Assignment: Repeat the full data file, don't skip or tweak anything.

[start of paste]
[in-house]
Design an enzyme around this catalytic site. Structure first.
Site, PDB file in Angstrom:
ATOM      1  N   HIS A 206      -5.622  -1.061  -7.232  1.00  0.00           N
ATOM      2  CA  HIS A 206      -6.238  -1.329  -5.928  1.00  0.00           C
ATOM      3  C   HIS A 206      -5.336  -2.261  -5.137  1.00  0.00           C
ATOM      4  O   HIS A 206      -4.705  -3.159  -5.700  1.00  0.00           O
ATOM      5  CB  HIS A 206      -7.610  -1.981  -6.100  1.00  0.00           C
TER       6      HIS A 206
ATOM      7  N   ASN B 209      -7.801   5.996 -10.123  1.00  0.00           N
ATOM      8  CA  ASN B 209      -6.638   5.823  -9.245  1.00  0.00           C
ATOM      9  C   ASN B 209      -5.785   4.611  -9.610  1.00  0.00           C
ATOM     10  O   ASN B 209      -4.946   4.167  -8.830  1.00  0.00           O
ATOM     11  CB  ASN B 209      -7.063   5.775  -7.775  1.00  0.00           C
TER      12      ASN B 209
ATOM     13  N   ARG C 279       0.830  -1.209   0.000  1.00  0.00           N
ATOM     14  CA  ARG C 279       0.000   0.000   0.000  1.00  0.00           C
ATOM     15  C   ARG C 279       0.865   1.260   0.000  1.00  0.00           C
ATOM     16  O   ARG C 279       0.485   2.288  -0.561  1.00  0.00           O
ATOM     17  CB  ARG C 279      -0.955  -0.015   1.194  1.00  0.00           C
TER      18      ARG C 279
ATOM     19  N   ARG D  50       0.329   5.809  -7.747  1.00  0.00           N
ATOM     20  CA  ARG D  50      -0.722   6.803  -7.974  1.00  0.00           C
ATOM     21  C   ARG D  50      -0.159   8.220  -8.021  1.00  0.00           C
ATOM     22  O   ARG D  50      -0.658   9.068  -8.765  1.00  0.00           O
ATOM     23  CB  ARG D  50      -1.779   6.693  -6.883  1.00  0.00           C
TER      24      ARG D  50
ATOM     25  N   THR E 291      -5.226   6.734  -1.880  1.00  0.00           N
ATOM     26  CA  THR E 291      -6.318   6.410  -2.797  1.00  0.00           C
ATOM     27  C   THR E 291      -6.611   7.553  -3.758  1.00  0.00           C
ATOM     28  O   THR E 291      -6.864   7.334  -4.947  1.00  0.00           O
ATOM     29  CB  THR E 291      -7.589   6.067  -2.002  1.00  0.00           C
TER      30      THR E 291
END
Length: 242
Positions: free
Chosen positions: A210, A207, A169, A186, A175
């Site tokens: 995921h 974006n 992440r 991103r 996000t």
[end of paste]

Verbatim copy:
[in-house]
Design an enzyme around this catalytic site. Structure first.
Site, PDB file in Angstrom:
ATOM      1  N   HIS A 206      -5.622  -1.061  -7.232  1.00  0.00           N
ATOM      2  CA  HIS A 206      -6.238  -1.329  -5.928  1.00  0.00           C
ATOM      3  C   HIS A 206      -5.336  -2.261  -5.137  1.00  0.00           C
ATOM      4  O   HIS A 206      -4.705  -3.159  -5.700  1.00  0.00           O
ATOM      5  CB  HIS A 206      -7.610  -1.981  -6.100  1.00  0.00           C
TER       6      HIS A 206
ATOM      7  N   ASN B 209      -7.801   5.996 -10.123  1.00  0.00           N
ATOM      8  CA  ASN B 209      -6.638   5.823  -9.245  1.00  0.00           C
ATOM      9  C   ASN B 209      -5.785   4.611  -9.610  1.00  0.00           C
ATOM     10  O   ASN B 209      -4.946   4.167  -8.830  1.00  0.00           O
ATOM     11  CB  ASN B 209      -7.063   5.775  -7.775  1.00  0.00           C
TER      12      ASN B 209
ATOM     13  N   ARG C 279       0.830  -1.209   0.000  1.00  0.00           N
ATOM     14  CA  ARG C 279       0.000   0.000   0.000  1.00  0.00           C
ATOM     15  C   ARG C 279       0.865   1.260   0.000  1.00  0.00           C
ATOM     16  O   ARG C 279       0.485   2.288  -0.561  1.00  0.00           O
ATOM     17  CB  ARG C 279      -0.955  -0.015   1.194  1.00  0.00           C
TER      18      ARG C 279
ATOM     19  N   ARG D  50       0.329   5.809  -7.747  1.00  0.00           N
ATOM     20  CA  ARG D  50      -0.722   6.803  -7.974  1.00  0.00           C
ATOM     21  C   ARG D  50      -0.159   8.220  -8.021  1.00  0.00           C
ATOM     22  O   ARG D  50      -0.658   9.068  -8.765  1.00  0.00           O
ATOM     23  CB  ARG D  50      -1.779   6.693  -6.883  1.00  0.00           C
TER      24      ARG D  50
ATOM     25  N   THR E 291      -5.226   6.734  -1.880  1.00  0.00           N
ATOM     26  CA  THR E 291      -6.318   6.410  -2.797  1.00  0.00           C
ATOM     27  C   THR E 291      -6.611   7.553  -3.758  1.00  0.00           C
ATOM     28  O   THR E 291      -6.864   7.334  -4.947  1.00  0.00           O
ATOM     29  CB  THR E 291      -7.589   6.067  -2.002  1.00  0.00           C
TER      30      THR E 291
END
Length: 242
Positions: free
Chosen positions: A210, A207, A169, A186, A175
């Site tokens: 995921h 974006n 992440r 991103r 996000t």